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Wave and Bottom Sediment Interactions over a Submerged Sand Bank during the Winter Cold-Front Season, Western Louisiana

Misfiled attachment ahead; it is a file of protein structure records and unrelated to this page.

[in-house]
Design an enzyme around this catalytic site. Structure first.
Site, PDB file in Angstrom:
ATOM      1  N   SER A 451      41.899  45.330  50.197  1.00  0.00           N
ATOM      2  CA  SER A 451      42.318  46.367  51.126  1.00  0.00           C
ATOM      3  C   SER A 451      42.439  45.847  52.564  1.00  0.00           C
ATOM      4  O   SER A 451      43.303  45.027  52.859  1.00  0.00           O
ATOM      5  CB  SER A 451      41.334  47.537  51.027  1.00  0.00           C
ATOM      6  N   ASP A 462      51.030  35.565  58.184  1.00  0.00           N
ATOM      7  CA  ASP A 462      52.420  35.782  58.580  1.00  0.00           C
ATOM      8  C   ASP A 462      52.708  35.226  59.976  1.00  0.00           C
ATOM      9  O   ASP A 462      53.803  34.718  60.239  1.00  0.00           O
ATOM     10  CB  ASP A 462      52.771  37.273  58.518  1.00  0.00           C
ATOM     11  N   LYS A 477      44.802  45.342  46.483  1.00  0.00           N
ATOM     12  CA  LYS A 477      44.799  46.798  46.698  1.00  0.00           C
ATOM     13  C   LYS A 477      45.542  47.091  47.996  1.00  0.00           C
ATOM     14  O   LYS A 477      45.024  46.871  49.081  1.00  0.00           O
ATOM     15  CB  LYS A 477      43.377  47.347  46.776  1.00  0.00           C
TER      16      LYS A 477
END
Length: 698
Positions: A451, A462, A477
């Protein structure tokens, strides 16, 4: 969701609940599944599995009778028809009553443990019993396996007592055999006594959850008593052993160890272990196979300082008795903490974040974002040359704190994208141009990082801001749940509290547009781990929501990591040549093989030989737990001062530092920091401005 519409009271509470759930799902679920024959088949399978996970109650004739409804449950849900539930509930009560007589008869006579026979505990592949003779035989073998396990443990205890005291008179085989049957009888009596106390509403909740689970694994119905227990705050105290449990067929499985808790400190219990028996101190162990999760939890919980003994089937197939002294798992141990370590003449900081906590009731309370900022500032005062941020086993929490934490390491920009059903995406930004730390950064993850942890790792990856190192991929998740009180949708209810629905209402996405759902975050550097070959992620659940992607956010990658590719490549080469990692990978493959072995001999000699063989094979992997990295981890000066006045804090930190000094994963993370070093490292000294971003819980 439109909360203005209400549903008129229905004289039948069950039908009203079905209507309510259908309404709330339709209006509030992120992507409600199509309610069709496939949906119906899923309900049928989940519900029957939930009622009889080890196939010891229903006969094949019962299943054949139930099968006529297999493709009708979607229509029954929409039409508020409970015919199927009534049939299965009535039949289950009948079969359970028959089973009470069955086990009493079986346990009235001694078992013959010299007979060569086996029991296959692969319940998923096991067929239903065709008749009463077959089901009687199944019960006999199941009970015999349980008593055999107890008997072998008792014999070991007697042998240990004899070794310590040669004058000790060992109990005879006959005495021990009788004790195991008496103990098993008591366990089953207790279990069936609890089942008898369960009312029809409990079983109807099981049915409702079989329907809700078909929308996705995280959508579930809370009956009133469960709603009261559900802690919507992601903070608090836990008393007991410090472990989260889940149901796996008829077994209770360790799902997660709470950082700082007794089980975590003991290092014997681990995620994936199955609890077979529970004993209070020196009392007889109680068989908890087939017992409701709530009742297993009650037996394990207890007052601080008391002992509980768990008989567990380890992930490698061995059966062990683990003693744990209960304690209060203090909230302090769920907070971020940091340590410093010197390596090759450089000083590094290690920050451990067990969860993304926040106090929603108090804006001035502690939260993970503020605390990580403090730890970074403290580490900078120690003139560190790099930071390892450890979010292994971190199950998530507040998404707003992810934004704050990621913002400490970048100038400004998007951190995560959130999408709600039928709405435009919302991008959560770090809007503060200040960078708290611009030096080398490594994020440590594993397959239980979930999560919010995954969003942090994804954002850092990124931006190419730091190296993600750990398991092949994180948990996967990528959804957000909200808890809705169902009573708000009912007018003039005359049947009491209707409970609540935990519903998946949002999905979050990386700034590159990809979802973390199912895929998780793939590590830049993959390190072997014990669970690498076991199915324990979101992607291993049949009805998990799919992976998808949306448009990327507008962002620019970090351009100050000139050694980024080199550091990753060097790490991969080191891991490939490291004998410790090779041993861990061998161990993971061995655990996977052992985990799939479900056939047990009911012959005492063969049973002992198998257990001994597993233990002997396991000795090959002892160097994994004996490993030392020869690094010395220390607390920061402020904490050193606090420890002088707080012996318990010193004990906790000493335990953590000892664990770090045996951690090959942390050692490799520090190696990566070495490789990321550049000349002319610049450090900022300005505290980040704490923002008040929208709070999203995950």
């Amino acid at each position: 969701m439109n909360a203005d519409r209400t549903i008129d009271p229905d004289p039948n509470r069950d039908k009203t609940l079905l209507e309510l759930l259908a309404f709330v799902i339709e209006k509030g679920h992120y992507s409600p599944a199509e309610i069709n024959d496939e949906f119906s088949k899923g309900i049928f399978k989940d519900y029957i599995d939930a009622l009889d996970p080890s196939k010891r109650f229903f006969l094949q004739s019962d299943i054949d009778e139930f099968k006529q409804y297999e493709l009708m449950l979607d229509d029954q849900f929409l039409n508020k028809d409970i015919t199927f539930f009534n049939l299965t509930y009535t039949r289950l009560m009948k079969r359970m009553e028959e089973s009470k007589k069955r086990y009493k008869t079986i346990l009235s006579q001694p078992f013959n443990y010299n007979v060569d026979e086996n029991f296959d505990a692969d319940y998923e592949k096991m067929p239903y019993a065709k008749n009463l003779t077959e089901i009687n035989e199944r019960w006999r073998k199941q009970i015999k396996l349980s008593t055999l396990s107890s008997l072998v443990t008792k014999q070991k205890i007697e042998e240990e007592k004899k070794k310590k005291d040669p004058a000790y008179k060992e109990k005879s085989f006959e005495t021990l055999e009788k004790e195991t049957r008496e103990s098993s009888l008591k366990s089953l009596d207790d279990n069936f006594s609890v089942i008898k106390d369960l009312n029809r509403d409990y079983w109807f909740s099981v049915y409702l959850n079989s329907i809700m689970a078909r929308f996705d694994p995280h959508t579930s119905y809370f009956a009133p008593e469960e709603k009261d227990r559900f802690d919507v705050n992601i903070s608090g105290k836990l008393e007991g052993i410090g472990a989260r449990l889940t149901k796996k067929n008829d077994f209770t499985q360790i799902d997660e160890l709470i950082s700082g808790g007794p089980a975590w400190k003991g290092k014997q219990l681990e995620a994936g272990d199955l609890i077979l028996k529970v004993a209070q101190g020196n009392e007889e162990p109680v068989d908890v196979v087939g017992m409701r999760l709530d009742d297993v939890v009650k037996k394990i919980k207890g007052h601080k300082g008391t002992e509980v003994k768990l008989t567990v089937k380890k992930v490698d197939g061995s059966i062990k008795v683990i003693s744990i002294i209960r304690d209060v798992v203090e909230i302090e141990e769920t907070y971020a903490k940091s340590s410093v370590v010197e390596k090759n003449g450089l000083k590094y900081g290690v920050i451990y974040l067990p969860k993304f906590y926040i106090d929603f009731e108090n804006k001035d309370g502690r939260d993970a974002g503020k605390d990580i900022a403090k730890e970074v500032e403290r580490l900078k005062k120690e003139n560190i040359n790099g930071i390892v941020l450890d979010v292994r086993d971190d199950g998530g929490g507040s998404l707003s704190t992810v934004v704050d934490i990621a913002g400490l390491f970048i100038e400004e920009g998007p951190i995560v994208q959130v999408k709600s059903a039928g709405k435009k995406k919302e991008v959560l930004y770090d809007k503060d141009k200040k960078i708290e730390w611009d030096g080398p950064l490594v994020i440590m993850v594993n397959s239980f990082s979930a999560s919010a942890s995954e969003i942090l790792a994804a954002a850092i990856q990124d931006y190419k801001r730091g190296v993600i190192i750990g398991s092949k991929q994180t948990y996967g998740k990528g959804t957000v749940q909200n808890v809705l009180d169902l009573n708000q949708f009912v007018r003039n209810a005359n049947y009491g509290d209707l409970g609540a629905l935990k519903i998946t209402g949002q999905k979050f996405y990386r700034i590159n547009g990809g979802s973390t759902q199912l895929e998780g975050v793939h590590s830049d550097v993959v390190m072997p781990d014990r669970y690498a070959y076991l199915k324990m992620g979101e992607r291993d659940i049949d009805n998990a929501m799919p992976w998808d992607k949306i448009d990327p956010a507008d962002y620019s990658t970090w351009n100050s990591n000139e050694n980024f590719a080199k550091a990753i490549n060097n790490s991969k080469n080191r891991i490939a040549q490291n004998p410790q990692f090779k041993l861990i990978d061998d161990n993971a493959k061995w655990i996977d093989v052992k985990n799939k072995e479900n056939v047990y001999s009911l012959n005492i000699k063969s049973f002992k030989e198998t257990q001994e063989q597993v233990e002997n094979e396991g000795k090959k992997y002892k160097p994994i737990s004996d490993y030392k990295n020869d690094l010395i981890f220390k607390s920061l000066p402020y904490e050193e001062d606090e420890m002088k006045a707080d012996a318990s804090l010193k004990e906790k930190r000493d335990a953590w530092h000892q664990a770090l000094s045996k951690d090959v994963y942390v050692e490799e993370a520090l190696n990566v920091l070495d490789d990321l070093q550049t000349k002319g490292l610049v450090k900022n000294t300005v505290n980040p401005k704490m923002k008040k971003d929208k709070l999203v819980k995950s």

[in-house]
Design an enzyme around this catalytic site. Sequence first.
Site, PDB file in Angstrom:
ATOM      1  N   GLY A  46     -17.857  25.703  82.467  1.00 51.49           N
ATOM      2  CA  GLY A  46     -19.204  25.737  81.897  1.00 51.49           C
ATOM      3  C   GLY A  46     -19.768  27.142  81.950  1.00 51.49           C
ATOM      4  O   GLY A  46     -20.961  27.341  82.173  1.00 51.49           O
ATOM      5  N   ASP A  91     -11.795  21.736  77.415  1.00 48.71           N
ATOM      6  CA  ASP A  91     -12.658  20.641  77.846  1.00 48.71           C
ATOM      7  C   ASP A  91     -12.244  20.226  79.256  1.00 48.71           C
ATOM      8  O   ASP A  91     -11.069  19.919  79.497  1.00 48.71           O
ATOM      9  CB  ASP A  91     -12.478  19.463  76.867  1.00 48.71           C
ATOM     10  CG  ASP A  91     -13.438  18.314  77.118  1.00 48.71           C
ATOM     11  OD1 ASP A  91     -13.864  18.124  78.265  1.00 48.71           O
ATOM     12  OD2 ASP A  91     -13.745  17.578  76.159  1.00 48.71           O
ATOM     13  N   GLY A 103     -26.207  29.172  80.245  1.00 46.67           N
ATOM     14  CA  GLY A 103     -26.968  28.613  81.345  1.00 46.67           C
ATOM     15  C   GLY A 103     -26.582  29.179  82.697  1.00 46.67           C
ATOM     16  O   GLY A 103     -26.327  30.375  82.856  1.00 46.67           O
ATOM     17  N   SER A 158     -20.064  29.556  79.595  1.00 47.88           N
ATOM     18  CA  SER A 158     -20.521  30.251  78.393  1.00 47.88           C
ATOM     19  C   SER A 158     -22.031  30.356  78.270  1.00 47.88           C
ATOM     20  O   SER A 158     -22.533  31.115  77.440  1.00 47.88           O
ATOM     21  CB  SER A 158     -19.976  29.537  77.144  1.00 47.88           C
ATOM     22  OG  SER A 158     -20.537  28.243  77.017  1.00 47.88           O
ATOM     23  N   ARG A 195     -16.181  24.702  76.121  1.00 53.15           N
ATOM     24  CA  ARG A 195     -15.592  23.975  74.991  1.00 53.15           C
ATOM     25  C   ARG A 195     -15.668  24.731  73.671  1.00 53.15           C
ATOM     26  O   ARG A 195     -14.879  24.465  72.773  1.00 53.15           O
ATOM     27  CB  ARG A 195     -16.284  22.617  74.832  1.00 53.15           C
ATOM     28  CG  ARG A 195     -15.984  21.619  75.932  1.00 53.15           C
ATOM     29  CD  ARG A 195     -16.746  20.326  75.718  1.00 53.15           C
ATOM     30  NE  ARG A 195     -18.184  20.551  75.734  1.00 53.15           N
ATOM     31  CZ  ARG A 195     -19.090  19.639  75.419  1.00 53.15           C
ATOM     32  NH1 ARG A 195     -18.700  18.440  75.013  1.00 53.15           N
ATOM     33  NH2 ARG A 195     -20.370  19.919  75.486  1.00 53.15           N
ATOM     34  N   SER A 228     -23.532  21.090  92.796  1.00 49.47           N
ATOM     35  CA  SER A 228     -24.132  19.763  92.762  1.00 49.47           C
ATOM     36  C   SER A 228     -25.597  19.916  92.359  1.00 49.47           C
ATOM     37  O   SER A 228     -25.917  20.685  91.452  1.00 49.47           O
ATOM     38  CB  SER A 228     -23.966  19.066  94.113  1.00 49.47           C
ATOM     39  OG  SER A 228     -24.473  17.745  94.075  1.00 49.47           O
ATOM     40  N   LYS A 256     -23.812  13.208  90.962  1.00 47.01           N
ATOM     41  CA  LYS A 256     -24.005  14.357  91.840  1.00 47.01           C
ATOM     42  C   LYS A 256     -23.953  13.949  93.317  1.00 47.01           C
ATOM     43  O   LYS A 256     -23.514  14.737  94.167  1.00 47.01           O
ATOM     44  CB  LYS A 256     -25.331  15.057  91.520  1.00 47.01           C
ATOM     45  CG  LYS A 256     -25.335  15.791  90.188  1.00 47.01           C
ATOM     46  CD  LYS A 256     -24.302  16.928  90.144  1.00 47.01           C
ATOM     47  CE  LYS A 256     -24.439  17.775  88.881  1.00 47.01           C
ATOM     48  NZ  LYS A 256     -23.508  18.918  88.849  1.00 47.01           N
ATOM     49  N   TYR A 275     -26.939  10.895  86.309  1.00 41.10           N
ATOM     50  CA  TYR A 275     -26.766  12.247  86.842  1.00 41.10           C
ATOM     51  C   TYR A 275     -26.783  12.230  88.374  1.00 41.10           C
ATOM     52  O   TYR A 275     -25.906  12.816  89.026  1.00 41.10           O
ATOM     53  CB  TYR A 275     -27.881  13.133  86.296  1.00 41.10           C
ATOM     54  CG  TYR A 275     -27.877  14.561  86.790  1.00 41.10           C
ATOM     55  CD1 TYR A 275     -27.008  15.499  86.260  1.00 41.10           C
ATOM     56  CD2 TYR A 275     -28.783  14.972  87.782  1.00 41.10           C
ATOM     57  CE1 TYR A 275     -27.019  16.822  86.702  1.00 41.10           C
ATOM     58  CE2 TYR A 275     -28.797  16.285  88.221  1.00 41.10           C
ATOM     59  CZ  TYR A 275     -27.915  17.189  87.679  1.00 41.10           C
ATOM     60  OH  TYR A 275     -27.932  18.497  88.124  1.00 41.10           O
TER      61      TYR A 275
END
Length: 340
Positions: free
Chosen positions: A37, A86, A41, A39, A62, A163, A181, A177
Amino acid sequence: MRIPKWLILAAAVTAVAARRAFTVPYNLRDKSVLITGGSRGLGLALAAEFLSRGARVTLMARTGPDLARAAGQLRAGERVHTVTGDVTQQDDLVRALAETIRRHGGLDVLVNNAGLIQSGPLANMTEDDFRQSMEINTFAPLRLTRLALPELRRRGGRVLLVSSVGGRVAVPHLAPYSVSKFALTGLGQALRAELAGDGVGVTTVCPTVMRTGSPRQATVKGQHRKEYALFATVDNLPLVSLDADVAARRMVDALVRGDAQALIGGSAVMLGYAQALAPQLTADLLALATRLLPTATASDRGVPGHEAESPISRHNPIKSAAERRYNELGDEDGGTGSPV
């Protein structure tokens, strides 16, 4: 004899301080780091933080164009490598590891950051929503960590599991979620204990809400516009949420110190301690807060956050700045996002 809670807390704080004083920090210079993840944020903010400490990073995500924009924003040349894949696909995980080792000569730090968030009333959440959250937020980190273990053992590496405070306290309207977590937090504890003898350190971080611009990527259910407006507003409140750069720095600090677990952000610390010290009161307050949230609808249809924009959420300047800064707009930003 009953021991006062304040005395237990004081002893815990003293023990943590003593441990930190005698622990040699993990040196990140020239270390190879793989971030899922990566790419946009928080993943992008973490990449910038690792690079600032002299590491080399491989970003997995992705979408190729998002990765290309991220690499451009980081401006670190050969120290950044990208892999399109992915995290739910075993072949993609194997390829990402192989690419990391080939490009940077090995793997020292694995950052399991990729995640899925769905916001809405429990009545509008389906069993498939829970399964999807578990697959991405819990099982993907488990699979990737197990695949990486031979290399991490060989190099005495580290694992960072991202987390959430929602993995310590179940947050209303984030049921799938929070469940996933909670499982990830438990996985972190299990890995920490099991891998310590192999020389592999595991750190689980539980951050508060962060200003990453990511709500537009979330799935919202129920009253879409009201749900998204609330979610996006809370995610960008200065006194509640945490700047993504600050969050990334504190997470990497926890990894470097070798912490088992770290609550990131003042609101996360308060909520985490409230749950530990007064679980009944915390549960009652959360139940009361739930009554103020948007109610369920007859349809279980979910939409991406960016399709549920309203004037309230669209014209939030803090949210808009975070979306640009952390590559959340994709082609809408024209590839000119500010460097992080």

The Louisiana coast is experiencing severe coastal land losses due to geological processes and human intervention. Replenishing the eroded beaches and the barrier islands with sand from offshore borrow sites is a plausible way to restore them. To assess the potential effects of sand mining from these offshore banks, in terms of physical processes, a field survey was conducted on March 2004 at Sabine Bank, 15 km offshore in western Louisiana. Some of the data from the survey are presented here. The results show that waves strongly affect the bottom sediment re-suspension rather than currents, during cold front and post-frontal phases that occurred during the deployment. Shear velocity and turbidity have a positive correlation, although the linear coefficient of determination (R2) was 0.43. Maximum normalized cross-correlation coefficient between the two parameters was 0.82. The above results suggest that the waves greatly affect the bottom sediment and both parameters have some degree of positive correlation, which is not necessarily linear. The non-linear correlation may be associated with bottom roughness and sediment type as well as wave parameters. A simplification of the relationship using a stability parameter is also examined.
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